TORONTO – An airway clearance device that uses acoustic sound waves to treat lung disorders and respiratory infections like cystic fibrosis (CF) is now being used to clear the lungs of patients suffering very badly from COVID-19. Developed by Montreal-based Dymedso Inc., more than 675 Frequencer acoustic devices currently being utilized across the world are assisting COVID-19 patients by removing mucous and secretions from their lungs and smaller airways.

"As sad as COVID-19 has been, one of the side effects was to put the spotlight on the need to be ready for respiratory diseases,” emergency physician and Dymedso chief scientific officer Simon Phaneuf told BioWorld. “I think the main areas of use in COVID-19 would be preventing patients from getting very sick or at the other end of the spectrum while intubating very sick patients, to clear their lungs and improve ventilation.”

The sound of no hands clapping

The Frequencer was the invention of Louis Plante, a patient with CF working in collaboration with a medical team from Sherbrooke University in Québec. CF produces mucus accumulation in the lungs and is commonly treated using chest physical therapy (Chest PT), an airway clearance technique for draining the lungs by clapping a person’s back or chest with a cupped hand quickly and rhythmically.

The Frequencer is a less intrusive, more targeted form of pulmonary physiotherapy to clear the airways and promote bronchial drainage, said Phaneuf. The device consists of a controller and speaker which delivers the shape and intensity of sound waves needed to “shake up” mucous in the lungs and smaller airways, he noted.

“It’s been demonstrated that 40 Hz is the frequency at which the smaller airway will resonate,” Phaneuf explained. “This will loosen the secretions and mucous inside so that the mucous loses its structural integrity and becomes more fluid.”

Conventional Chest PT is operator-dependent, Phaneuf added, with treatments never precisely the same from one therapist to another. In addition to standardized intensity and duration, the device can be used directly by patients, who will notice almost immediately what parts of the lung may need more focused treatment “and adjust the Frequencer accordingly,” said Phaneuf.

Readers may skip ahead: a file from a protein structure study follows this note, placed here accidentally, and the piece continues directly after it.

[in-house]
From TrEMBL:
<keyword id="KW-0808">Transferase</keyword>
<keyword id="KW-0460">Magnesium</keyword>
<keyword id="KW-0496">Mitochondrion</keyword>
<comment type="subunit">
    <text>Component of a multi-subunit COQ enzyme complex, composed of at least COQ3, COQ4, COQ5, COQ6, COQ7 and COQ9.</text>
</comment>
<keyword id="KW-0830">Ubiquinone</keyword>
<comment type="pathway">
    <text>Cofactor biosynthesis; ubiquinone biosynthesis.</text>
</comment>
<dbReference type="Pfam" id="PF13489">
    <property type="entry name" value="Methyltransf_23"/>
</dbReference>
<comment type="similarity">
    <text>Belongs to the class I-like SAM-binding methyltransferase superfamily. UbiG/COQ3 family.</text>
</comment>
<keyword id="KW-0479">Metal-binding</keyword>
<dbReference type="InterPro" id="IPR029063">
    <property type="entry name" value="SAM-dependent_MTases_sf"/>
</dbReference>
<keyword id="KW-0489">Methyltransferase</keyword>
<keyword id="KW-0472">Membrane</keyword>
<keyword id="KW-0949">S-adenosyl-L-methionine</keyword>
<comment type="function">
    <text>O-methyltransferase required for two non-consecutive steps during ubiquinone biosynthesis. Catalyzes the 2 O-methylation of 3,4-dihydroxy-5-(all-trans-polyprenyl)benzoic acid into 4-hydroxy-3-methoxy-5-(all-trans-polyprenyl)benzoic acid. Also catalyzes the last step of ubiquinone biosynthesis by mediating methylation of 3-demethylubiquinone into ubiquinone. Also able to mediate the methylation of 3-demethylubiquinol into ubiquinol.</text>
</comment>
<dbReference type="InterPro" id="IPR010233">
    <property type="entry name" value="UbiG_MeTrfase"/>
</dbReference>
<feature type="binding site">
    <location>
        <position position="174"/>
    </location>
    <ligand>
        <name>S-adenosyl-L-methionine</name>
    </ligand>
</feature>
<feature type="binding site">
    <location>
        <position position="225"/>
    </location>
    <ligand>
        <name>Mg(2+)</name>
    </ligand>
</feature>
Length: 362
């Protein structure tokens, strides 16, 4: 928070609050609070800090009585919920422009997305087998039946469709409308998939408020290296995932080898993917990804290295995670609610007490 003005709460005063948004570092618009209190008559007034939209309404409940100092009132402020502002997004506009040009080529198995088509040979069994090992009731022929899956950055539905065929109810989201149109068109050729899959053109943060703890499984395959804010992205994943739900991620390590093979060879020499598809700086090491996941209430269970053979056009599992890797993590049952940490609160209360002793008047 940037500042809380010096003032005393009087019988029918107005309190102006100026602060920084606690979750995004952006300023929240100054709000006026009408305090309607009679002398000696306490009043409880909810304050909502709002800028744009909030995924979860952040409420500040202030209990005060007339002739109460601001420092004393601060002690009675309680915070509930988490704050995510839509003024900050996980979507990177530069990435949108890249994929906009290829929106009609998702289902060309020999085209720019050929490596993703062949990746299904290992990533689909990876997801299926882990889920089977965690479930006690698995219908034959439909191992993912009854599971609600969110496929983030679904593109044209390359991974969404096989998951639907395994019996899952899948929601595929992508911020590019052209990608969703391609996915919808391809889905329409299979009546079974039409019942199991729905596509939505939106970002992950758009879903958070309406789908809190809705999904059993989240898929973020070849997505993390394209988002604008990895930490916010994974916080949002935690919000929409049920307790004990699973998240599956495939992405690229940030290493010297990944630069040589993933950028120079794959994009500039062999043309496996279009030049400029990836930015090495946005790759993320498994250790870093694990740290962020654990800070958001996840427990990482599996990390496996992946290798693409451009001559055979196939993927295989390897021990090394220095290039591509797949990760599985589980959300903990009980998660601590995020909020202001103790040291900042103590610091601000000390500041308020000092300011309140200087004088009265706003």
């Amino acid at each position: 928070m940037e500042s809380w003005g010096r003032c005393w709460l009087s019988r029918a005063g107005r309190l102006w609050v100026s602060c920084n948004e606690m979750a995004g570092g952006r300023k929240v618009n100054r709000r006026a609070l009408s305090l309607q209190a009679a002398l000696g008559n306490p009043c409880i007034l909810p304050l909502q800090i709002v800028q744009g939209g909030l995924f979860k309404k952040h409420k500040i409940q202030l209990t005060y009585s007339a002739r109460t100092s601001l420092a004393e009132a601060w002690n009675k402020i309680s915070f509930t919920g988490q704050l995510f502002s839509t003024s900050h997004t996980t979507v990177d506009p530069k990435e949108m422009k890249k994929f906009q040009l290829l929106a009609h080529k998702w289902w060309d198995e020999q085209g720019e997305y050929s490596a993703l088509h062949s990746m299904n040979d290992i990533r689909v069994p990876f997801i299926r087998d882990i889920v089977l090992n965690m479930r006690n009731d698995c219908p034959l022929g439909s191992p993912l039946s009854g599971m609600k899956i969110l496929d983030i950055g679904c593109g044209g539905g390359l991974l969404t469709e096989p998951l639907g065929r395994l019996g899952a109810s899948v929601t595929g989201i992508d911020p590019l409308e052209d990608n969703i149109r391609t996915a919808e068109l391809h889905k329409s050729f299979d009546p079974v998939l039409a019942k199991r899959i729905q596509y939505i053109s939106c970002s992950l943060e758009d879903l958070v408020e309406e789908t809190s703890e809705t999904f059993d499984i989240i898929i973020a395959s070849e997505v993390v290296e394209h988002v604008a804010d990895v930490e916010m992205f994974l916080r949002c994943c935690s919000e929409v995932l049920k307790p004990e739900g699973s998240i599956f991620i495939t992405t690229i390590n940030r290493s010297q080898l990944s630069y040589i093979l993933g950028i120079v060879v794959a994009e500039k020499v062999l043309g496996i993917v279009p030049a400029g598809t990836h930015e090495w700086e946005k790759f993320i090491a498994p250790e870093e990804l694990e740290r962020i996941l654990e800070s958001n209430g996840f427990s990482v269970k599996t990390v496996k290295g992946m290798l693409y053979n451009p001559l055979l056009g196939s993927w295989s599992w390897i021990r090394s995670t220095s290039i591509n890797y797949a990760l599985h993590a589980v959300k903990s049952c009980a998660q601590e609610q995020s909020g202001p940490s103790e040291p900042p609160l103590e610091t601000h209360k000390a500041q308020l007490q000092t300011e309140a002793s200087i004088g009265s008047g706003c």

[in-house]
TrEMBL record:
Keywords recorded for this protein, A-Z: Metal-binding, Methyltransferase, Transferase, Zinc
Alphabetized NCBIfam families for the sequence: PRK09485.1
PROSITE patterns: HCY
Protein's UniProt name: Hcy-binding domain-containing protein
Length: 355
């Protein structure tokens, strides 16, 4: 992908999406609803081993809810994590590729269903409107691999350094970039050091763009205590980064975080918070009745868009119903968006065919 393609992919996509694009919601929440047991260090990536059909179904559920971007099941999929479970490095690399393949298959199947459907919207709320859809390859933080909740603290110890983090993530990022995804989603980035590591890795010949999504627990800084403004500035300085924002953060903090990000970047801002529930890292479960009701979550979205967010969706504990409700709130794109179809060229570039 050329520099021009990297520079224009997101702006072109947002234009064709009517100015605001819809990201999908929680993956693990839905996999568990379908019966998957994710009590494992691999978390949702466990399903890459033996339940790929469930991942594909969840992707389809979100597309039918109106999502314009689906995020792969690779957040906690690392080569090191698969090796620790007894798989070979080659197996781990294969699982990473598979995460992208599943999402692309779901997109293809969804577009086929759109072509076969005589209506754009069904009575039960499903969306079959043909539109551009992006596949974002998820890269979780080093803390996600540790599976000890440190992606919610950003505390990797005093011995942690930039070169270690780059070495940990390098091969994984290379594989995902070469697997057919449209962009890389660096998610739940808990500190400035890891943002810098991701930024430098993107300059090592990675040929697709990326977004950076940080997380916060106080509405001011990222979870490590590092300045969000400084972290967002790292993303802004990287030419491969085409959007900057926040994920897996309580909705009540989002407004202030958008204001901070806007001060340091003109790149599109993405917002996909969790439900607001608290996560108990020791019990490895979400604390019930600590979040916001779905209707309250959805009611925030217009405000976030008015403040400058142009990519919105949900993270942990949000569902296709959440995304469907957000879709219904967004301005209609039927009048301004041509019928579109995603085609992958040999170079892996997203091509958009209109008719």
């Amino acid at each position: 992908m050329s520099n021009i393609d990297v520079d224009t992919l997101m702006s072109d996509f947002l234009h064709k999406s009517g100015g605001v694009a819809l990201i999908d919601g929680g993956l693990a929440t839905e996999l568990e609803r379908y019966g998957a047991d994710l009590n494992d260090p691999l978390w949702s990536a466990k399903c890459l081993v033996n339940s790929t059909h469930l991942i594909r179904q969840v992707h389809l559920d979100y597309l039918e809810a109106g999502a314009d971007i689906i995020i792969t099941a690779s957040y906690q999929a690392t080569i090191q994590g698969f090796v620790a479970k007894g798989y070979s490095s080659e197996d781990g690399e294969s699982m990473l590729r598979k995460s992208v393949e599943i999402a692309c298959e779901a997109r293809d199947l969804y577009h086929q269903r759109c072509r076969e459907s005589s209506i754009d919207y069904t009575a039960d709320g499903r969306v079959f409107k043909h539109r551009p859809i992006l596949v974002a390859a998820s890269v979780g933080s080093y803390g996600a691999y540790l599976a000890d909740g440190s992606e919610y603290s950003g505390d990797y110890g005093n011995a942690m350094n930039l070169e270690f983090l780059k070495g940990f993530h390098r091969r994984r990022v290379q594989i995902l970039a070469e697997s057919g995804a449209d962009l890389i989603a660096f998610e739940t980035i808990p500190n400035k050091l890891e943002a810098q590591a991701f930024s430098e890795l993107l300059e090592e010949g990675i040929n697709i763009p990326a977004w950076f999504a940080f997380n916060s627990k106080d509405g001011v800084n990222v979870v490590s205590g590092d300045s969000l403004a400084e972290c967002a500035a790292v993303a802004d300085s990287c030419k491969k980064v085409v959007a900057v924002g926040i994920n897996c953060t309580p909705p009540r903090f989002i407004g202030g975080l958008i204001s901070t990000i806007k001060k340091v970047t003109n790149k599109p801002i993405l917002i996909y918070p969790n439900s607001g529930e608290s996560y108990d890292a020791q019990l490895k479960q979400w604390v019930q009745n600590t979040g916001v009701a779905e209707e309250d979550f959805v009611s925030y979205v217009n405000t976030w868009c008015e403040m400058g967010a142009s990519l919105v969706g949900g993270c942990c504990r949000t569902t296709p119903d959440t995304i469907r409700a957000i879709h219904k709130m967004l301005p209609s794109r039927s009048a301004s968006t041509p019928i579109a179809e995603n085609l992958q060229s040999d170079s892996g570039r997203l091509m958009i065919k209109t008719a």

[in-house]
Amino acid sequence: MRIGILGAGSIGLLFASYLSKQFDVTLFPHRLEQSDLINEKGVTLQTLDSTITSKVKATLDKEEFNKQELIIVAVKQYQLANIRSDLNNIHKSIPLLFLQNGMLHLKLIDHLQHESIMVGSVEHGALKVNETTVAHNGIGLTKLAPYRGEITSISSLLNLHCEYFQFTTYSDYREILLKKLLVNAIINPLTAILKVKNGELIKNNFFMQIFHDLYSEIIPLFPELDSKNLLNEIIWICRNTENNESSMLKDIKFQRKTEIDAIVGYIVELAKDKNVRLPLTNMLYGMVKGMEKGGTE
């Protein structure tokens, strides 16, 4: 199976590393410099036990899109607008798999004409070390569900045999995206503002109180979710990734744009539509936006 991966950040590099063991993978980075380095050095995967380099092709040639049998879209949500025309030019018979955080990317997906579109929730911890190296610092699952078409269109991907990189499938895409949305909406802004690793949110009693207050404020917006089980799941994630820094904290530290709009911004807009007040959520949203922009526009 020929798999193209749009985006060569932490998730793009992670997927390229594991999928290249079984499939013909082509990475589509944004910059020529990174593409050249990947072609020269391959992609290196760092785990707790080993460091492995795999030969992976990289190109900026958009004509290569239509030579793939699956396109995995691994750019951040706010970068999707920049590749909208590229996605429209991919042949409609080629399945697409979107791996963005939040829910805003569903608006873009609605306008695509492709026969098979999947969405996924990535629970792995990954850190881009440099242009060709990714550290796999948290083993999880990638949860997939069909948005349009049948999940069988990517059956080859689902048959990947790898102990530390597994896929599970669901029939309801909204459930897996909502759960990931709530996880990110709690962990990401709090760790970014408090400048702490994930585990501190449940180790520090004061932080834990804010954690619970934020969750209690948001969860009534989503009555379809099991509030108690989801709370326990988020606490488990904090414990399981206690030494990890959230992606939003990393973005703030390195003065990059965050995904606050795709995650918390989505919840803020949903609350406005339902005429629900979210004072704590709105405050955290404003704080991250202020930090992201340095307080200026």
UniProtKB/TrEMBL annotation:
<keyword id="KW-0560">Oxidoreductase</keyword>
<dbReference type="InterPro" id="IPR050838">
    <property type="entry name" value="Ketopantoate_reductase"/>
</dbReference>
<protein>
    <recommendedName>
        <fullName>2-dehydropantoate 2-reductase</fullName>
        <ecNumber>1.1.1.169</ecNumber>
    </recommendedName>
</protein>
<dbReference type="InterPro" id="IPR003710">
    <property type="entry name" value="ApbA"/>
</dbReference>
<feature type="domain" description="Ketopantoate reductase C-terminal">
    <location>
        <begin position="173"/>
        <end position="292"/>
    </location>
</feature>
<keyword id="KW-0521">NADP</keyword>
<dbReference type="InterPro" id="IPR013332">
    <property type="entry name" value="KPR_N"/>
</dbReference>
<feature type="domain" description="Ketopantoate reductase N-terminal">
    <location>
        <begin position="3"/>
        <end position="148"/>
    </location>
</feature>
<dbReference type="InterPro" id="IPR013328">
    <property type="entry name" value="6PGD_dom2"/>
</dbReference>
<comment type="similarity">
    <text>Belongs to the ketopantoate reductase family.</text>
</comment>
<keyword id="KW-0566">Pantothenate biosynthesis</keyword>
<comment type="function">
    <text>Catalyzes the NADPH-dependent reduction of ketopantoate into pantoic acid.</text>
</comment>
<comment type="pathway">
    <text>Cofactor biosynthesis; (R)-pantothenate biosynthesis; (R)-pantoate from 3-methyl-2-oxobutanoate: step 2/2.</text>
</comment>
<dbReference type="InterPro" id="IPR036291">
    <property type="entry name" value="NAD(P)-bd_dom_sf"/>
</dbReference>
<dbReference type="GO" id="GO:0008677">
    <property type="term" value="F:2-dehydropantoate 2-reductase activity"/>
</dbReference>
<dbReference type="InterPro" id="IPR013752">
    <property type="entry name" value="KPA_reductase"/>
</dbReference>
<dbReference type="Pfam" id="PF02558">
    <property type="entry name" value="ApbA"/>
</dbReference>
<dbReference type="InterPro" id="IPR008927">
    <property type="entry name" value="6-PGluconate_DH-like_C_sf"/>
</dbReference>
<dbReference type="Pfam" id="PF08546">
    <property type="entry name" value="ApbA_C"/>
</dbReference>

The device is particularly useful in home and health care facility settings that include hospitals, long-term care centers, private senior residences and rehabilitation centers, Phaneuf added.

Of use at home and abroad

This month health care institutions in the Province of Québec were told their patients may now benefit from the Frequencer’s use treating respiratory disorders during lung transplants and neonatal care, for example, but also COVID-19. The government purchased twenty-four machines for twelve hospitals and other facilities, units normally retailing at between US$15,000 and US$19,000.

Cleared by Health Canada and the U.S. FDA, the device is also CE marked. And while not decisively proven effective for COVID-19 through controlled clinical studies, more than 675 units deployed across the world prior to the pandemic are assisting airway mucous and secretion removal in patients with COVID-19.

“We have case reports that it’s being used mostly in very sick patients with COVID-19, along with several other modalities,” said Phaneuf. “The treatment takes about twenty minutes so that clinicians can see the response right away, monitoring patient parameters like oxygen saturation and ventilation to see how the patient is doing.”

Phaneuf said he wants to see all medical institutions equip themselves with the device's advanced technology, constantly improving treatments for COVID-19 that will be useful long after the pandemic has been contained.

“There’s a real need for a device specifically targeting the smaller airways, such as the Frequencer,” Phaneuf said. “Because once we need to intubate the patient, the prognosis becomes grim. It’s much better not to get to that point.”